Coaching the Mental and Emotional Side of ACL Rehab
If you’re an athlete or an active person over the age of 30, you’ve had enough years to understand that life is a series of ups and downs, and to explore different activities that bring you happiness and a sense of fulfillment.
But for a dedicated teenage competitor, a serious injury such as an anterior cruciate ligament (ACL) tear can be devastating because their identity, sense of self-value, and dreams about their future are often tied to success in a given sport. And, the younger they are, the harder it is for an athlete to have perspective on the “long haul,” in that the abrupt end of a season or career due to trauma feels like The End.
Injury also brings a sense of loss of control over their own life, and separation from teammates. All of these changes and challenges, mixed in with adolescence, mean that coaching a teenager in rehab is not solely about muscles, ligaments and conditioning. When working with a young person as they rehab from ACL surgery, you can help the athlete to develop mental and emotional resilience by following simple principles:
Provide a space where it’s okay to be upset.
Allow the athlete to be angry about the injury, frustrated by the rehab process, and anxious about playing again. Make clear to the athlete that negative emotions are normal, and you will help them on the bad days and on the good days. As a mentor, you don’t have to “fix” those emotions or make them go away. You simply need to ask how they are doing, and then listen.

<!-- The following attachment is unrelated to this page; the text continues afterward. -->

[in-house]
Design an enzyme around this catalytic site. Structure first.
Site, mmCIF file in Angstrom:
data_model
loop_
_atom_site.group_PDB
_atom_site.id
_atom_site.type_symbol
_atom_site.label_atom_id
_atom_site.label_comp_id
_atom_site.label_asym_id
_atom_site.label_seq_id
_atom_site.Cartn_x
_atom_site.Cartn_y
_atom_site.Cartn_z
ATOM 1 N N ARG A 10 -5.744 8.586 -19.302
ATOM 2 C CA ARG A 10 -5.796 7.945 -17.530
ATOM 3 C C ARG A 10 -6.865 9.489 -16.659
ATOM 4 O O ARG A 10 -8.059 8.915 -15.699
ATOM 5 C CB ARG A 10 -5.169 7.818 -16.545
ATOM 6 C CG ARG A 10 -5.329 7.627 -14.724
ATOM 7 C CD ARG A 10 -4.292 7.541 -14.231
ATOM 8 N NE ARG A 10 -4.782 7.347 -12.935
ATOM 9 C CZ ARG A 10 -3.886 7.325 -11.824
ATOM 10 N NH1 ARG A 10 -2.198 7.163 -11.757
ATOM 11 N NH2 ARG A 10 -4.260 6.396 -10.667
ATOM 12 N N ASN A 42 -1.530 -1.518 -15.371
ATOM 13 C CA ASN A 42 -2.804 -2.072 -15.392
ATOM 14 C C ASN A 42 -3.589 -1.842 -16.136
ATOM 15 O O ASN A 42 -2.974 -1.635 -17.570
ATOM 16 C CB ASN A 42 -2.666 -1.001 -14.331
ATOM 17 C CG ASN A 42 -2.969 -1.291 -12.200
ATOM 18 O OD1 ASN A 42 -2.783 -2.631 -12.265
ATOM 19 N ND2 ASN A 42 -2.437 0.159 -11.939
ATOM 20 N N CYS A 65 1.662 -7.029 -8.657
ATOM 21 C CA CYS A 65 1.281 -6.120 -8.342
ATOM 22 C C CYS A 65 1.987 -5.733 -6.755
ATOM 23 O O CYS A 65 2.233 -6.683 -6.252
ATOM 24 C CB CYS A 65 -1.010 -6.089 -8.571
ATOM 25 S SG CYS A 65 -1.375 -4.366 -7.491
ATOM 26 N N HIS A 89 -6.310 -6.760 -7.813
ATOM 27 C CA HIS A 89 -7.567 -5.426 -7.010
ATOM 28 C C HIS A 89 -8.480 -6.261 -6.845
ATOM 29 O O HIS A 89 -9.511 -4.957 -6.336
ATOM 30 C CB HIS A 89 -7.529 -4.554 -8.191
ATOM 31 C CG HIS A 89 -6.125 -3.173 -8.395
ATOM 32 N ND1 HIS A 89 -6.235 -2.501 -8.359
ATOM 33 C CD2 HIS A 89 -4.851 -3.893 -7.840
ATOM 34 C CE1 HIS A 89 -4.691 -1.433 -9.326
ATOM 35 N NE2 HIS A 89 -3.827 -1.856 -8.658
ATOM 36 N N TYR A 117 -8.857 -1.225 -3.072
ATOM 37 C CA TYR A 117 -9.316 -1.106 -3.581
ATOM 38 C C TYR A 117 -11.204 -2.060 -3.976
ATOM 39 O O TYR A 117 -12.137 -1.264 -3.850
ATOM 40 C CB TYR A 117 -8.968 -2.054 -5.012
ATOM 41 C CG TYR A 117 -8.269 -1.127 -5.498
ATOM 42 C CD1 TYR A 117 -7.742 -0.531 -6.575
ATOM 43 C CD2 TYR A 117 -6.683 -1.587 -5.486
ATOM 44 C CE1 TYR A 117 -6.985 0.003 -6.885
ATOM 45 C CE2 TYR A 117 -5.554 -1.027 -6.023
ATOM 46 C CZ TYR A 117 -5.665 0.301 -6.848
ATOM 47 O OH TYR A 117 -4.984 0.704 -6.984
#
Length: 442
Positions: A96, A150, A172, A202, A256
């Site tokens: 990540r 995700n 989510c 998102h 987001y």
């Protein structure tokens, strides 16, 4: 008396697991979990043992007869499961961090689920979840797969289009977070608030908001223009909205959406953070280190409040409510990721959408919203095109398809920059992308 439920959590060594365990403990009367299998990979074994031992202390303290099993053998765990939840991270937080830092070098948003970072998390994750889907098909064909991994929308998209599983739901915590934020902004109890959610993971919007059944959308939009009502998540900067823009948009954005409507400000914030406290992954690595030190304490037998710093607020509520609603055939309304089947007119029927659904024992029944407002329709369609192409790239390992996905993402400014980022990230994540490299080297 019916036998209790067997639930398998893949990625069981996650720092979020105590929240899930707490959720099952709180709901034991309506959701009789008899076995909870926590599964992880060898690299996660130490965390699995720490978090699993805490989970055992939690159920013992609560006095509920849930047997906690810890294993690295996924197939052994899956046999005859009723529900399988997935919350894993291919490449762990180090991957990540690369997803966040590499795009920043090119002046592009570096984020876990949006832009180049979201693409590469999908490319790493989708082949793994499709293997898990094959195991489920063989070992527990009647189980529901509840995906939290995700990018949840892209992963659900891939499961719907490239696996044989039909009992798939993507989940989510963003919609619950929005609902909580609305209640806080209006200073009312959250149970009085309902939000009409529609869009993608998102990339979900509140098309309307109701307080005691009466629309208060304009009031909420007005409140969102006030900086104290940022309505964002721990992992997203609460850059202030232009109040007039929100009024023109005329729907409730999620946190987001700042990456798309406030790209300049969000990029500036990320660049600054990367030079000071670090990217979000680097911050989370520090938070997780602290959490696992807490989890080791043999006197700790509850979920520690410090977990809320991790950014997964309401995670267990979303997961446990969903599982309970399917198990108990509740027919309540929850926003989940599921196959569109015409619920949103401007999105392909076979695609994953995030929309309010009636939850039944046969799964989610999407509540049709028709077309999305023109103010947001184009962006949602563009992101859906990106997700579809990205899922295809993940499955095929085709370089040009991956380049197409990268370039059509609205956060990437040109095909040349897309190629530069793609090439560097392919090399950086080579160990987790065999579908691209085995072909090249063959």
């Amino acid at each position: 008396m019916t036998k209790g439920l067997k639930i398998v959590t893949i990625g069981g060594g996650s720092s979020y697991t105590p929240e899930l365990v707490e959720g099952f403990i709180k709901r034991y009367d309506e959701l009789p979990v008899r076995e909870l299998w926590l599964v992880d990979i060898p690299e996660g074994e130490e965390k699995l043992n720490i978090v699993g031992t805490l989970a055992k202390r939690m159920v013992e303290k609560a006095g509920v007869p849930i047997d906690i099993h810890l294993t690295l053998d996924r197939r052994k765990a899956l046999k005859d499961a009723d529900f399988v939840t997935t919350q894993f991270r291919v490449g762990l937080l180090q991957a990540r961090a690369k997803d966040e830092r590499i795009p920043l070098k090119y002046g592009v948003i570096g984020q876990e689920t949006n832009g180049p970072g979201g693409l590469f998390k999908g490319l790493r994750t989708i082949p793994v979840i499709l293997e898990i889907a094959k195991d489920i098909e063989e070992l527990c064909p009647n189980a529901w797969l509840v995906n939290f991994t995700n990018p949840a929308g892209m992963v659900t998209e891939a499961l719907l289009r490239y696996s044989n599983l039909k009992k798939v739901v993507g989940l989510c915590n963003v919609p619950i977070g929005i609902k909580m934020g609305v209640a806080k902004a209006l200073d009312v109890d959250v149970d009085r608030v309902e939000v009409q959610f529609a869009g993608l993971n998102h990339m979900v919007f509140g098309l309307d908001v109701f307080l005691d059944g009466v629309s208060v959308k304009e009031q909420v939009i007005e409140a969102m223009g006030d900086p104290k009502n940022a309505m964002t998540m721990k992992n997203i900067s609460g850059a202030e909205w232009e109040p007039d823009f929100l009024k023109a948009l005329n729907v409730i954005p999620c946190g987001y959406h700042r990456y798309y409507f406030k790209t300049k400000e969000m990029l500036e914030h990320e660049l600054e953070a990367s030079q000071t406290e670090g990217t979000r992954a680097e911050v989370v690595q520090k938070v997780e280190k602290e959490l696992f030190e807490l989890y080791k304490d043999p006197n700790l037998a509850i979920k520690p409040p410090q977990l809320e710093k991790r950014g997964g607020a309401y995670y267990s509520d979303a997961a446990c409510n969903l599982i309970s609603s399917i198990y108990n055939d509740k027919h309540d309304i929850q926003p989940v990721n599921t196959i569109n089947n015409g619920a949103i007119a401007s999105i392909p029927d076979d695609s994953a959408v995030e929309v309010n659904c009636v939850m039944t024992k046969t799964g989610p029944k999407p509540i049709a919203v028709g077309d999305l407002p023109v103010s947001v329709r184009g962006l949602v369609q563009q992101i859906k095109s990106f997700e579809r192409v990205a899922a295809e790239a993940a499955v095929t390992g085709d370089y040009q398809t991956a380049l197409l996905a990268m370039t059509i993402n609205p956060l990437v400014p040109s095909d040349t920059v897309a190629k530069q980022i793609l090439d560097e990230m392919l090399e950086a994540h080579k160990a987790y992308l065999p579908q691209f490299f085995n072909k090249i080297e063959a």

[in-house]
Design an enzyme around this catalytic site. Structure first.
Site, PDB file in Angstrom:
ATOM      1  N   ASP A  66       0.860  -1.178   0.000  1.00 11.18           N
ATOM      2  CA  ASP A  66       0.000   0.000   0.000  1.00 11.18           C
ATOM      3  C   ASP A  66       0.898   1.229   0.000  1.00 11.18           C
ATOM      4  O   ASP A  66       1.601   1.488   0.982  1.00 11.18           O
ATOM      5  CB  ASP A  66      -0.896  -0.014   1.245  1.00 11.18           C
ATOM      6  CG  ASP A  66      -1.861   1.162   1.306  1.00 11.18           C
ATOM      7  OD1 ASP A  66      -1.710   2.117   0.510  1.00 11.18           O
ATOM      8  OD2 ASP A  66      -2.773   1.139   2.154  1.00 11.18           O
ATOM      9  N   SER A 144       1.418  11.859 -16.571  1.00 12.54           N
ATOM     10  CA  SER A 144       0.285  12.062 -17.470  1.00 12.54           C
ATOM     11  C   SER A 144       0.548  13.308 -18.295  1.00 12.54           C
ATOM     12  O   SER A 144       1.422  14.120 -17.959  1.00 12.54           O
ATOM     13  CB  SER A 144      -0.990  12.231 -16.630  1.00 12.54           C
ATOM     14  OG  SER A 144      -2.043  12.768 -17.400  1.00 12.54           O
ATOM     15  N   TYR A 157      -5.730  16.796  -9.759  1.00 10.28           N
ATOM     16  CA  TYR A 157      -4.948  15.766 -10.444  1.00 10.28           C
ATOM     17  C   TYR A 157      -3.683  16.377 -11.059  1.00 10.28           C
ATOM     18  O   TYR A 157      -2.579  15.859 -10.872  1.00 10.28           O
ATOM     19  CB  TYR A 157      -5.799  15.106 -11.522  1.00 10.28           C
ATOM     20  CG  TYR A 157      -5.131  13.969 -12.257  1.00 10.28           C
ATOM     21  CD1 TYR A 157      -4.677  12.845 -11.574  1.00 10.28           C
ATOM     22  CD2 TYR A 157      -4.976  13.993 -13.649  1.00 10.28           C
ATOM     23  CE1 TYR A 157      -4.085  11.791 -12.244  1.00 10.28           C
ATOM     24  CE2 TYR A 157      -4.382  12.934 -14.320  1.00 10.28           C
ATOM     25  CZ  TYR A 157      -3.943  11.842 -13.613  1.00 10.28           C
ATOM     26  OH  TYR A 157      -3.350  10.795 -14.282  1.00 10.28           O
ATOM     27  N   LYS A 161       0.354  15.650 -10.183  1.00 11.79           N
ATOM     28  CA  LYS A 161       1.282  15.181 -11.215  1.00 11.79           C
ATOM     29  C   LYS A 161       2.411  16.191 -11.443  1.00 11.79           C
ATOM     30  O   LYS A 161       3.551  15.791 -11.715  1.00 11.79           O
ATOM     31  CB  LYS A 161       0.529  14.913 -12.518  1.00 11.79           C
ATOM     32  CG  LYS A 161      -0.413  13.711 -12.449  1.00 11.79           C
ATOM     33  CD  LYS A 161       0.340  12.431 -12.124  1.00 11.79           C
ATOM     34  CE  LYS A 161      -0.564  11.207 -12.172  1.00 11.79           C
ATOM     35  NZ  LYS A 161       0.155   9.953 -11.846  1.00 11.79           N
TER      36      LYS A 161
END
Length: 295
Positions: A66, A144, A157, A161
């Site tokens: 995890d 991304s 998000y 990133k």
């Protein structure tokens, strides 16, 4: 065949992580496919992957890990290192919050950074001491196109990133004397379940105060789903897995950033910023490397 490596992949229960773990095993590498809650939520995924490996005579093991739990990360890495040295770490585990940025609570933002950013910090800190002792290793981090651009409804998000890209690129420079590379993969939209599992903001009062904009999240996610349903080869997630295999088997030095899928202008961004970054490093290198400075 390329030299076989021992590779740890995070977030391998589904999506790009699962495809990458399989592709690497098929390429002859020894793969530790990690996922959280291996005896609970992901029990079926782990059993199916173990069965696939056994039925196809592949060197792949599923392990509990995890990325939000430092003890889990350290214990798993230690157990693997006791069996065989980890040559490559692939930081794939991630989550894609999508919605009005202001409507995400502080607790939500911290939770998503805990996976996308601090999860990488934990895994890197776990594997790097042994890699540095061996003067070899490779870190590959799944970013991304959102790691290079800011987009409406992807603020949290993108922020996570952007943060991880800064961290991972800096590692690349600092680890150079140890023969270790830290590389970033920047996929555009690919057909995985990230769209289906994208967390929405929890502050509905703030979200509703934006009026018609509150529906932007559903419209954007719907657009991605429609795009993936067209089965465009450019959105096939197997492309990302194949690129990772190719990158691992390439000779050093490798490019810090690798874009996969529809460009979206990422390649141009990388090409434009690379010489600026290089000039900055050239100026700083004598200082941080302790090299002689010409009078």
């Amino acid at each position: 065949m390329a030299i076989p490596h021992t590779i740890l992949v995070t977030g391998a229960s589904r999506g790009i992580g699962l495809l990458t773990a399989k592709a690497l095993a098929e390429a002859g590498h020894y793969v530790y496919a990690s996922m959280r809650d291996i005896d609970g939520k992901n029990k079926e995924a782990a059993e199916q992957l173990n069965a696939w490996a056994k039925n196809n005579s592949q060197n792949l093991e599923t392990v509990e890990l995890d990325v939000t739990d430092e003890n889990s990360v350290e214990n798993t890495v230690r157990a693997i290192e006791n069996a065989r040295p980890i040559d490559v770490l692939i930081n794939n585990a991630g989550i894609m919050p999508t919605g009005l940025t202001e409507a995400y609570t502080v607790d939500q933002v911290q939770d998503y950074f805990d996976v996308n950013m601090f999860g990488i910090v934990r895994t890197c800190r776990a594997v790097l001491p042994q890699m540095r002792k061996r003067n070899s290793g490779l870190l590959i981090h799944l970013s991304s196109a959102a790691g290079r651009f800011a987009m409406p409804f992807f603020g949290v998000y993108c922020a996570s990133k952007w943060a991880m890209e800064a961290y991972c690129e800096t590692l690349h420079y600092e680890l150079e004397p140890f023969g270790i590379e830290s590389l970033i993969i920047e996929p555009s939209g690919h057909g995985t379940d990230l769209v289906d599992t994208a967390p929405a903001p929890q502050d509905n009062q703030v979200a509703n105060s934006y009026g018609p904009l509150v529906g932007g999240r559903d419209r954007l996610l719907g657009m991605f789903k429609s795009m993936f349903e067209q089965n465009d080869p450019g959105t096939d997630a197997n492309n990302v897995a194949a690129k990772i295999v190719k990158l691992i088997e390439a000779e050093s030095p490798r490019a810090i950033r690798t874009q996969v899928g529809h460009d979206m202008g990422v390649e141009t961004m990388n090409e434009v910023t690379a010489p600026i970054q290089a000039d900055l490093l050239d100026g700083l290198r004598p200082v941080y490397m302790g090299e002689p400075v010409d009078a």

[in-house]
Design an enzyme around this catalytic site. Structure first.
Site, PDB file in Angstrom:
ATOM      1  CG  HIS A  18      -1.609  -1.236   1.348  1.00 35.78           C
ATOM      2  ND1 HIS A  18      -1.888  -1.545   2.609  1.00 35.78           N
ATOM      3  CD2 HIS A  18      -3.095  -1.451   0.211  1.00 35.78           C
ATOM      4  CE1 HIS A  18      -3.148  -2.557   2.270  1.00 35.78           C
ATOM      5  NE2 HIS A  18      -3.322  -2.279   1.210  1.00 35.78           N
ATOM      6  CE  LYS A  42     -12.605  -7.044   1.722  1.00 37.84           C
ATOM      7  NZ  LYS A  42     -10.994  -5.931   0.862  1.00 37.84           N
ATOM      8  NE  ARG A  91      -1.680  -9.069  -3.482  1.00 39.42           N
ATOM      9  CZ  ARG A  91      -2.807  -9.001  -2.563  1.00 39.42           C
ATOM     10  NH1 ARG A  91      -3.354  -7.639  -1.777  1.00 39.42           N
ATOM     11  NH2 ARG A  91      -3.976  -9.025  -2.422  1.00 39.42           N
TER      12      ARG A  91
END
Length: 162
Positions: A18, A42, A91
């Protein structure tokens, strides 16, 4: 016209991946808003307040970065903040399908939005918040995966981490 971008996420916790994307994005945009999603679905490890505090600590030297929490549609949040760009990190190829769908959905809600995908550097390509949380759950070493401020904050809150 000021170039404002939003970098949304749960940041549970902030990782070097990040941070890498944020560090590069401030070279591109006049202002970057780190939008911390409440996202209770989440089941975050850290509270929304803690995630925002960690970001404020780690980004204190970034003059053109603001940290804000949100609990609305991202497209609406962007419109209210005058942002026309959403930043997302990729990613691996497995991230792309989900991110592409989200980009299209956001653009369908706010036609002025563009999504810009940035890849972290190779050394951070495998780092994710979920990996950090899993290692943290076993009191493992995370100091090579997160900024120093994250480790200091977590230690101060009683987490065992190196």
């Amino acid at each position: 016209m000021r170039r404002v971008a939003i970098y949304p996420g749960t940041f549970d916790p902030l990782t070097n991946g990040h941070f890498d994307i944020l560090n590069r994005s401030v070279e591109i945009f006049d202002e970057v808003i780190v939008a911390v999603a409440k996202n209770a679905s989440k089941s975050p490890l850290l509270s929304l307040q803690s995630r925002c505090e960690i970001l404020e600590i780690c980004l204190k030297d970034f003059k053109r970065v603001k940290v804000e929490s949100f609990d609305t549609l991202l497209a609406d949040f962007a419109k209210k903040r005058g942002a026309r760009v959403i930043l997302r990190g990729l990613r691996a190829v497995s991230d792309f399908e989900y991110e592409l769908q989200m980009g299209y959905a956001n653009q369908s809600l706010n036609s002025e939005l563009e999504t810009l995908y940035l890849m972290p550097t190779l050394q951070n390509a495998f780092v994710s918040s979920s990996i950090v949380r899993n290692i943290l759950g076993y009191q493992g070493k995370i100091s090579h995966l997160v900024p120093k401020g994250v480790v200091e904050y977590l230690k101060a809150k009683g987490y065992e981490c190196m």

Emphasize commitment and consistency of effort.
While they don’t have to hide their feelings or be perfectly happy every day, the athlete does need to commit to doing their best and being consistent in their workouts, especially on the days when the process is hard and emotions are high. This is an important lifeskill; learning perseverance, and taking responsibility for your own progress.
Clarify your role in their recovery.
Make clear that you are there to help them get better, and to keep them safe. Rehabbing an injury requires the young person to periodically push out of their comfort zone. This can feel lonely and frightening. As a coach, you have professional eyes on the athlete, and can talk to them about appropriate drills, limitations therein to keep them safe, and how/why you want them to complete a challenging activity.
And finally…have fun.
Make some time for “recess” where the athlete gets to play in the best sense of the word, and re-establish their joy and confidence in moving. Rehab and training doesn’t have to be sport-specific and serious all of the time. Allow the athlete to choose a fun warm-up activity when they are having a low day, such as shooting hoops if they are a soccer player, catching a ball as they go through an agility ladder, or bungee cord drills (because no one actually uses bungee cords in their sport).
Maura J. Zimmer, NSCA-CPT, CSCS is a strength and conditioning coach at Olympia Fitness + Performance in Cranston, RI, and a three-time national champion in masters short-track speedskating. She specializes in helping people progress from physical therapy back to fully enjoying the activities they love.